Therefore, the aim of this study was to investigate whether clinicians in the medical intensive care unit at our institution are knowledgeable regarding the benefits of early mobilization and to identify perceived barriers to delivery of mobility in the ICU.


We performed two simultaneous cross-sectional surveys of clinicians providing care in the medical intensive care unit (MICU) at our institution between July 2010 and July 2011. Our institution is a large, urban academic medical center in Seattle, WA. Physician subjects were identified during clinical rotations through the medical intensive unit. All rotating residents, fellows and attending physicians were invited to participate. Registered nurses and physical therapists working in the MICU were identified by the MICU nurse manager and the head of the physical therapy department. Participation was voluntary and each participant contributed one, distinct survey to the study. Physician participants were invited to participate at the start of clinical rotations through the MICU. Nursing and physical therapy participants were invited to participate during a regularly scheduled staff meeting. Potential participants were only contacted for potential participation on one occasion. Surveys were administered by an individual not involved in data analysis or primary study design with physician surveys administered on paper and nursing/physical therapist administered electronically. All surveys were anonymous and were collected in an anonymous manner.

Surveys were conducted prior to implementation of an ICU mobility program at our institution. At the time of survey administration, activity orders for critically ill patients required a physician orders with all activity performed by either the bedside nurse and/or a physical or occupational therapist who shared acute care floor and ICU duties. Physician surveys differed in wording from nursing/physical therapy surveys (Additional file 1).

Questionnaires were developed with physical and occupational therapy input and presented to focus groups of nurses, chief medical residents and pulmonary and critical care medicine physicians prior to survey administration. Clinical staff who participated in development of the survey did not participate as survey respondents. The questionnaires consisted of items assessing knowledge of potential benefits of early mobilization in the ICU, attitudes towards provision of therapy in the ICU and perceived barriers to delivery of EM [20]. Responses were indicated using a 5-point Likert scale: strongly agree, agree, neutral, disagree, and strongly disagree.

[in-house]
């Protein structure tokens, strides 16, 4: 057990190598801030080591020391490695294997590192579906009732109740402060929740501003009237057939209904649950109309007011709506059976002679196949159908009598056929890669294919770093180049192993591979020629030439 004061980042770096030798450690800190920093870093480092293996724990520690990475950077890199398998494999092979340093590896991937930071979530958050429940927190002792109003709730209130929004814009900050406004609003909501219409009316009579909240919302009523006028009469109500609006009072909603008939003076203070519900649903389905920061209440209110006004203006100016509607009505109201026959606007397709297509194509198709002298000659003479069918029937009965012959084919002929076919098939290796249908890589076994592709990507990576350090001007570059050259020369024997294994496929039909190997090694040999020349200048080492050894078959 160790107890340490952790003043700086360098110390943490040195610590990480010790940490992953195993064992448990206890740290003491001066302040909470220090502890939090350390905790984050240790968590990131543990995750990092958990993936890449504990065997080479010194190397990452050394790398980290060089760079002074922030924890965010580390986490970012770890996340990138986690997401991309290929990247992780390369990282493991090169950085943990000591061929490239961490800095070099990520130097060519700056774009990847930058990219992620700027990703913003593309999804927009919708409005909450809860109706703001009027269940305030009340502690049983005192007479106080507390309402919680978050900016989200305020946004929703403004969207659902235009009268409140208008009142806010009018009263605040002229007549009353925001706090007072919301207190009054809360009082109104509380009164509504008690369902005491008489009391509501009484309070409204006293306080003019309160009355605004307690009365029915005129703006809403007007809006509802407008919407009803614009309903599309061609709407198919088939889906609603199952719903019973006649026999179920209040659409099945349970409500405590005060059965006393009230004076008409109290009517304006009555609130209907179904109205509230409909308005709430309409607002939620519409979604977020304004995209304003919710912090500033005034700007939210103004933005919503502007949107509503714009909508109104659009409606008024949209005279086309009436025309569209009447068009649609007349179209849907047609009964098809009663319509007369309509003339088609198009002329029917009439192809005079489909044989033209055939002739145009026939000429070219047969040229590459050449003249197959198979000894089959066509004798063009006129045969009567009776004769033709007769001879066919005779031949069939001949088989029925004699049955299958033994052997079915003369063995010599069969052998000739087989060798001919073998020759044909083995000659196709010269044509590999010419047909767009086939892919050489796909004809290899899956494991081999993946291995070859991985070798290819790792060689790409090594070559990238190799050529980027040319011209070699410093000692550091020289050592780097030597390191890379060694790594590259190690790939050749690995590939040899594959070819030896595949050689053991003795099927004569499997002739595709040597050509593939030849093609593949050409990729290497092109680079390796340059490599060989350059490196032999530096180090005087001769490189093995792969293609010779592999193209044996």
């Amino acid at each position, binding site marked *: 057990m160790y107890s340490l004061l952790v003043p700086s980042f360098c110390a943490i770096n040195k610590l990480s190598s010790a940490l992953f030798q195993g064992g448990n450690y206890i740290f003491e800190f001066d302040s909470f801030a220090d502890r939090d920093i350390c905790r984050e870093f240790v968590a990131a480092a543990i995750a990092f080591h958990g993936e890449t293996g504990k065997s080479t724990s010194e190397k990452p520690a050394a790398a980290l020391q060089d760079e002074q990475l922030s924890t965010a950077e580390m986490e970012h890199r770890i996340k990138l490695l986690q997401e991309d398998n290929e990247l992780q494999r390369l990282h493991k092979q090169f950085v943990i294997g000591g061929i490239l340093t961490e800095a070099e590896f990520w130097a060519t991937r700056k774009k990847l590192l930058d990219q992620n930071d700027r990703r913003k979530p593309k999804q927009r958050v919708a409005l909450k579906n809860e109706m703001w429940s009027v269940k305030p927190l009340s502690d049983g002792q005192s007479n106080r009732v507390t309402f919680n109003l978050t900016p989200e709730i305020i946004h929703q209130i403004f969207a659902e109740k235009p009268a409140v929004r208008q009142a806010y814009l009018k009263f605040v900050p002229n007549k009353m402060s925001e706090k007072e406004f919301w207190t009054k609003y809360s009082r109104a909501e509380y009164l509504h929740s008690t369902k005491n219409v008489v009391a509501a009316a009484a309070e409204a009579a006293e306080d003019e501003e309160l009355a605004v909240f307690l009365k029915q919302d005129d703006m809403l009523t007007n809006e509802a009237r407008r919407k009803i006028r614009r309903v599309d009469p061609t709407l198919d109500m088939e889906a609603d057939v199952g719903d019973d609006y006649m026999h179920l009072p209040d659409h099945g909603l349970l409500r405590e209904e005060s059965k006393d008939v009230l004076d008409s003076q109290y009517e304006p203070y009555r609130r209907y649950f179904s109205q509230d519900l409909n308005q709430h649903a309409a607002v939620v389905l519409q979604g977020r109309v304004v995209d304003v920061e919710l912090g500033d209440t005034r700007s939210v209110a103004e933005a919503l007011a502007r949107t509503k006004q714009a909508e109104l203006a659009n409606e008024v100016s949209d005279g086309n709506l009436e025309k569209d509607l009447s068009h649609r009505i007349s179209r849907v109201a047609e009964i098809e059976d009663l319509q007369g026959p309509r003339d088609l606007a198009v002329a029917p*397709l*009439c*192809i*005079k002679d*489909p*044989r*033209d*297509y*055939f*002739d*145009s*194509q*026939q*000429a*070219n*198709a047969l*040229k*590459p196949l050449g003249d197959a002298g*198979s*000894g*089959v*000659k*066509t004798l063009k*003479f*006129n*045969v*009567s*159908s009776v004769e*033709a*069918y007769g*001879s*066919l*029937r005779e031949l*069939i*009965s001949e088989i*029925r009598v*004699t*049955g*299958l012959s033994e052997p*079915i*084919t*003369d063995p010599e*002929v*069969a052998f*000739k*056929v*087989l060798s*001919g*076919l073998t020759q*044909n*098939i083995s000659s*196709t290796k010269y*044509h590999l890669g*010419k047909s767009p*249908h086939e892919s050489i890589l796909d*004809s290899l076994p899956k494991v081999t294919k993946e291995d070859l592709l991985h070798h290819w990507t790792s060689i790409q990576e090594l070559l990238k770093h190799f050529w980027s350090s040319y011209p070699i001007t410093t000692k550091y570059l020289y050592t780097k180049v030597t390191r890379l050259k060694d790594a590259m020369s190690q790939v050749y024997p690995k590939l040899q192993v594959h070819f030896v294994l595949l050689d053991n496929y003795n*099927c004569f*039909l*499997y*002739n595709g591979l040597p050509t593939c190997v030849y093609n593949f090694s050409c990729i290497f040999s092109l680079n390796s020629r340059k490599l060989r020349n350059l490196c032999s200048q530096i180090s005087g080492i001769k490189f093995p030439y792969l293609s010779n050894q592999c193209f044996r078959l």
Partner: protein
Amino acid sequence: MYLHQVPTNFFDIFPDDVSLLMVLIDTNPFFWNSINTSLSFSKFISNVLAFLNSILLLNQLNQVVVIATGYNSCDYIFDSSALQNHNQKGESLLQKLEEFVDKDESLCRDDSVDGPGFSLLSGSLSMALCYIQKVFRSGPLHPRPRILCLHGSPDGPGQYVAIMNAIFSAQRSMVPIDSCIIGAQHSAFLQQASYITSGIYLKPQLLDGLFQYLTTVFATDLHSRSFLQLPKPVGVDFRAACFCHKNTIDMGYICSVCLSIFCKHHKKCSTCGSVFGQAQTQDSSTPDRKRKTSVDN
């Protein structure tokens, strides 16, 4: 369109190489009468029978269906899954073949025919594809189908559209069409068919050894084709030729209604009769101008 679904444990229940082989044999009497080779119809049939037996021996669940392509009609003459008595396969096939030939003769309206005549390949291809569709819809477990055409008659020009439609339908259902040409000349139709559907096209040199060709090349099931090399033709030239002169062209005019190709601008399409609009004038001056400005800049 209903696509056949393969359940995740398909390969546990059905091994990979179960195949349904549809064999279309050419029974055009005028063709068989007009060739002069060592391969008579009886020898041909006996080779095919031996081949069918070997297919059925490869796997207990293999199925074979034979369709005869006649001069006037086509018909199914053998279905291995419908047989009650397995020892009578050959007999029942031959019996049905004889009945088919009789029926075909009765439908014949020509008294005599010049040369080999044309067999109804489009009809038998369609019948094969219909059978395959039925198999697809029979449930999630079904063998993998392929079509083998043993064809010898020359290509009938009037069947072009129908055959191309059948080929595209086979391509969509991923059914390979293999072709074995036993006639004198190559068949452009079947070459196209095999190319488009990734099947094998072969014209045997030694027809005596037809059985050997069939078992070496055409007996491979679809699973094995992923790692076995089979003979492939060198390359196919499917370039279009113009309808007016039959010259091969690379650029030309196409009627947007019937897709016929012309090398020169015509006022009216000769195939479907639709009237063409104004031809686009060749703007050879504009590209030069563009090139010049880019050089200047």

Early mobilization was defined as any activity beyond range of motion performed by a care provider (nursing, physical or occupational therapy) occurring within 48 hours of initiation of mechanical ventilation for our study purposes. Prior experience with early mobilization was defined as a respondent responding “yes” to the question, “Have you ever trained and/or worked at an institution that actively mobilizes patients receiving MV?” “Correct” answers for the knowledge questions were identified prior to survey administration. Reponses of strongly disagree or disagree were considered “correct” answers for the questionnaire item assessing whether range of motion was sufficient to maintain muscle strength. This was identified as a correct answer. Reponses of agree or strongly agree were considered “correct” answers to the questionnaire item assessing whether the use of early mobilization was associated with a decrease in duration of mechanical ventilation. This was chosen as a “correct” based on the results of the single randomized controlled trial using early mobilization as an intervention to date demonstrating a shorter duration of mechanical ventilation in patients receiving early ICU mobility [15]. For all other questions, a positive response was indicated by a response of “strongly agree” or “agree” with a negative response indicated by “neutral”, “disagree” or “strongly disagree”. A pre-populated list of potential barriers to ICU mobility was provided based on current known literature around ICU mobility for physician respondents which included the following: nursing time, respiratory therapy time, physical therapist availability, patient in procedures, over-sedation, mobility is not important in the ICU, delirium, access to specialized equipment, staff safety, patient safety, spine precautions, cost, therapy does not occur despite being ordered [13, 14, 19, 2123]. Physician respondents could check all answers that applied and an optional write-in section was provided for barriers not covered by the populated list. A pre-populated list of potential staff barriers to ICU mobility was provided for nursing and physical therapist respondents which included the following: musculoskeletal injuries, fatigue, added work stress and the need to stay late in order to “catch up”. Nursing and physical therapist respondents could check all answers that applied.